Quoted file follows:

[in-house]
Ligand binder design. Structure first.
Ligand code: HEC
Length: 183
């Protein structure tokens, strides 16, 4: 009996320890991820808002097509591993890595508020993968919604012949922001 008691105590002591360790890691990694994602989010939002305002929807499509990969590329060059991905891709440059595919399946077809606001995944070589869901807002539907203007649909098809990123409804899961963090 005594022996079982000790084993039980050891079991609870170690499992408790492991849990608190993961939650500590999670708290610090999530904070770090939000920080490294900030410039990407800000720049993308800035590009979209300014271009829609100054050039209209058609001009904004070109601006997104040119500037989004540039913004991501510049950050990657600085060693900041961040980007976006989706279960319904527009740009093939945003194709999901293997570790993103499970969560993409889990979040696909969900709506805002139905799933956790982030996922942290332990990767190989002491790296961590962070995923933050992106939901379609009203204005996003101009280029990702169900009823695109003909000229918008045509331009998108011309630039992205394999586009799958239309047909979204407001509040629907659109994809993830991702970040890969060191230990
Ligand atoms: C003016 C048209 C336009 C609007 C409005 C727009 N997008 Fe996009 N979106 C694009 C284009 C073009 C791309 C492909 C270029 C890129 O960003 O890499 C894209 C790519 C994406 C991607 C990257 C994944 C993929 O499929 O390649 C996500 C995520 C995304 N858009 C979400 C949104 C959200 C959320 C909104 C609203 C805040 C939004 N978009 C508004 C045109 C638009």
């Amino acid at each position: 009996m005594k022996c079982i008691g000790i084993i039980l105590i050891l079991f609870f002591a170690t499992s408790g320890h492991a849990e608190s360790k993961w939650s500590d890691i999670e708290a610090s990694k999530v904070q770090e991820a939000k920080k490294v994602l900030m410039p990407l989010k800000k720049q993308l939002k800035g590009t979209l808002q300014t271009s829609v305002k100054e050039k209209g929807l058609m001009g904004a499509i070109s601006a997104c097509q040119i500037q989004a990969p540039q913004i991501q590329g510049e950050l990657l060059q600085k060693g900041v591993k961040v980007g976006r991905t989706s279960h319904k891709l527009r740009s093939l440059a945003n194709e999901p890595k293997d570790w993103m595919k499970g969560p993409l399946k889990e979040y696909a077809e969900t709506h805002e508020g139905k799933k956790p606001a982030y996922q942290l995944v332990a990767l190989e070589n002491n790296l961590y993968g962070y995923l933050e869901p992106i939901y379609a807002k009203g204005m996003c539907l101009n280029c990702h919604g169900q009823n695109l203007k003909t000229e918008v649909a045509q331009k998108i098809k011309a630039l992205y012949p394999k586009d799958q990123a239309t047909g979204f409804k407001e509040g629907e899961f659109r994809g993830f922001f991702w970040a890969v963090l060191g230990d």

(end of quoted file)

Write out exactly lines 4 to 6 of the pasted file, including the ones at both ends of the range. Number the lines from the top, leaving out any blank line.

Length: 183
């Protein structure tokens, strides 16, 4: 009996320890991820808002097509591993890595508020993968919604012949922001 008691105590002591360790890691990694994602989010939002305002929807499509990969590329060059991905891709440059595919399946077809606001995944070589869901807002539907203007649909098809990123409804899961963090 005594022996079982000790084993039980050891079991609870170690499992408790492991849990608190993961939650500590999670708290610090999530904070770090939000920080490294900030410039990407800000720049993308800035590009979209300014271009829609100054050039209209058609001009904004070109601006997104040119500037989004540039913004991501510049950050990657600085060693900041961040980007976006989706279960319904527009740009093939945003194709999901293997570790993103499970969560993409889990979040696909969900709506805002139905799933956790982030996922942290332990990767190989002491790296961590962070995923933050992106939901379609009203204005996003101009280029990702169900009823695109003909000229918008045509331009998108011309630039992205394999586009799958239309047909979204407001509040629907659109994809993830991702970040890969060191230990
Ligand atoms: C003016 C048209 C336009 C609007 C409005 C727009 N997008 Fe996009 N979106 C694009 C284009 C073009 C791309 C492909 C270029 C890129 O960003 O890499 C894209 C790519 C994406 C991607 C990257 C994944 C993929 O499929 O390649 C996500 C995520 C995304 N858009 C979400 C949104 C959200 C959320 C909104 C609203 C805040 C939004 N978009 C508004 C045109 C638009």